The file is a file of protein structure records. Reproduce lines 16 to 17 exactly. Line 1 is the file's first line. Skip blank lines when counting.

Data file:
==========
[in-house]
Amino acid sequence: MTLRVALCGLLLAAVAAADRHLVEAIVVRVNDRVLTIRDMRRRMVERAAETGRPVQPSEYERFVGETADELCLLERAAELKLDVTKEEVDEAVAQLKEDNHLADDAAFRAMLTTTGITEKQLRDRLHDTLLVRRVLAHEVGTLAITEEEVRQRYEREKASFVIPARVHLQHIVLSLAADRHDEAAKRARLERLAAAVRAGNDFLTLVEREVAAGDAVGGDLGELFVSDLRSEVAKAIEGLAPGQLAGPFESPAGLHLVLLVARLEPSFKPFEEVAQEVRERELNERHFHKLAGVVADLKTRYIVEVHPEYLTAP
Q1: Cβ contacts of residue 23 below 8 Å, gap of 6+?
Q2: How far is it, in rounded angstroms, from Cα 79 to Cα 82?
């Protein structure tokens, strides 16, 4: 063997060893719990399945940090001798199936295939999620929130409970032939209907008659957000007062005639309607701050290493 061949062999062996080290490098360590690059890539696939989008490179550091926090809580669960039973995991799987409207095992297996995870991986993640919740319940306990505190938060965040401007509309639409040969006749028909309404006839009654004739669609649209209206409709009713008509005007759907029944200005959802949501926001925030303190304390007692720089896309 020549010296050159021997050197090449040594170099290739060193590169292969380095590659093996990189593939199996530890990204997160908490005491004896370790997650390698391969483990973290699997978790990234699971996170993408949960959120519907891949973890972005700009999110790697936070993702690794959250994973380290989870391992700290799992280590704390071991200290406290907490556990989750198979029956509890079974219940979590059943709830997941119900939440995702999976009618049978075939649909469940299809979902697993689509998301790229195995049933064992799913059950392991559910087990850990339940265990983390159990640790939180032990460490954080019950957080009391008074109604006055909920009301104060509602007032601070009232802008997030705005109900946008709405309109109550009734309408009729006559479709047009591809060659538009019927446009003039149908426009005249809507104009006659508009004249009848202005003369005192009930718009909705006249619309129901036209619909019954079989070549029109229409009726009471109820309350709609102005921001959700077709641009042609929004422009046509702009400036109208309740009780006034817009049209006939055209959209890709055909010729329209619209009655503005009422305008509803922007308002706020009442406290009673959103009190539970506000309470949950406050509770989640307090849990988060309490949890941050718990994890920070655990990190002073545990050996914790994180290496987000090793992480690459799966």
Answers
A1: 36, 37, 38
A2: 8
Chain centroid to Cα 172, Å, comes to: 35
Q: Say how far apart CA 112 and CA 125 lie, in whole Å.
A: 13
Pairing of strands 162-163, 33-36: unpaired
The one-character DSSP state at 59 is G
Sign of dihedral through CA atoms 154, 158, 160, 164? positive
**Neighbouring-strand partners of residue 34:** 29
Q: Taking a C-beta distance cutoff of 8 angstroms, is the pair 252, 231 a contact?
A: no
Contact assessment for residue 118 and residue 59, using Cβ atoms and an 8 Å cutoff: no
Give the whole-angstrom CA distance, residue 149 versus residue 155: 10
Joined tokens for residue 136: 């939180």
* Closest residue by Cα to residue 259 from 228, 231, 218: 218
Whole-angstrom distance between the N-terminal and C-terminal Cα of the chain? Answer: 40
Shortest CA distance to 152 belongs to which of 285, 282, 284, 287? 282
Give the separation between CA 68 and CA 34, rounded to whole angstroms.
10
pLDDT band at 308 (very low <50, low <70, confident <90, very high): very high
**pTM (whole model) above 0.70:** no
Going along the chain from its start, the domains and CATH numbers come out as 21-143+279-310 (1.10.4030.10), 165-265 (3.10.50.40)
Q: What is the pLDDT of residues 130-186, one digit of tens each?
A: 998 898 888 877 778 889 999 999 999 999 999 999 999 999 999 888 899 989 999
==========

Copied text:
Q: Taking a C-beta distance cutoff of 8 angstroms, is the pair 252, 231 a contact?
A: no